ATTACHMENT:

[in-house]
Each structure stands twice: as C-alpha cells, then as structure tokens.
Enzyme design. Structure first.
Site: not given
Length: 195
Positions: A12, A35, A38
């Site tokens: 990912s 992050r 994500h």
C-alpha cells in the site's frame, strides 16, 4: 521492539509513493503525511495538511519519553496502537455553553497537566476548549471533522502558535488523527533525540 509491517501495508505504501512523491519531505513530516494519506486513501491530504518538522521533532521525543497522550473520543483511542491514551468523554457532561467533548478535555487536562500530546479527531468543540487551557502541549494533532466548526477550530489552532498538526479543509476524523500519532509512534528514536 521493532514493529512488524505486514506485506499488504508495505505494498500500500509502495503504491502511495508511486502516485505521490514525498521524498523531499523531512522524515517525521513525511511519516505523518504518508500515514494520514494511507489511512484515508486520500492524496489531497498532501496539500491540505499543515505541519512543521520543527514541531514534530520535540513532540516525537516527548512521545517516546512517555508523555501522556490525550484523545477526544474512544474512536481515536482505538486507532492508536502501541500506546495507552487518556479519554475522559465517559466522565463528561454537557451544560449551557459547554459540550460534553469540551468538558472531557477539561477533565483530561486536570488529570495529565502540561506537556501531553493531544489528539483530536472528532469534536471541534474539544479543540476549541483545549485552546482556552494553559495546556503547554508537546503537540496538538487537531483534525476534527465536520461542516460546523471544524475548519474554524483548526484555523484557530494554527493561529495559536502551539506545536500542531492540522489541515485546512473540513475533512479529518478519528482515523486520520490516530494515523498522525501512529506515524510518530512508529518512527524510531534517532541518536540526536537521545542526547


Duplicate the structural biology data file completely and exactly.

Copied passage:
[in-house]
Each structure stands twice: as C-alpha cells, then as structure tokens.
Enzyme design. Structure first.
Site: not given
Length: 195
Positions: A12, A35, A38
């Site tokens: 990912s 992050r 994500h």
C-alpha cells in the site's frame, strides 16, 4: 521492539509513493503525511495538511519519553496502537455553553497537566476548549471533522502558535488523527533525540 509491517501495508505504501512523491519531505513530516494519506486513501491530504518538522521533532521525543497522550473520543483511542491514551468523554457532561467533548478535555487536562500530546479527531468543540487551557502541549494533532466548526477550530489552532498538526479543509476524523500519532509512534528514536 521493532514493529512488524505486514506485506499488504508495505505494498500500500509502495503504491502511495508511486502516485505521490514525498521524498523531499523531512522524515517525521513525511511519516505523518504518508500515514494520514494511507489511512484515508486520500492524496489531497498532501496539500491540505499543515505541519512543521520543527514541531514534530520535540513532540516525537516527548512521545517516546512517555508523555501522556490525550484523545477526544474512544474512536481515536482505538486507532492508536502501541500506546495507552487518556479519554475522559465517559466522565463528561454537557451544560449551557459547554459540550460534553469540551468538558472531557477539561477533565483530561486536570488529570495529565502540561506537556501531553493531544489528539483530536472528532469534536471541534474539544479543540476549541483545549485552546482556552494553559495546556503547554508537546503537540496538538487537531483534525476534527465536520461542516460546523471544524475548519474554524483548526484555523484557530494554527493561529495559536502551539506545536500542531492540522489541515485546512473540513475533512479529518478519528482515523486520520490516530494515523498522525501512529506515524510518530512508529518512527524510531534517532541518536540526536537521545542526547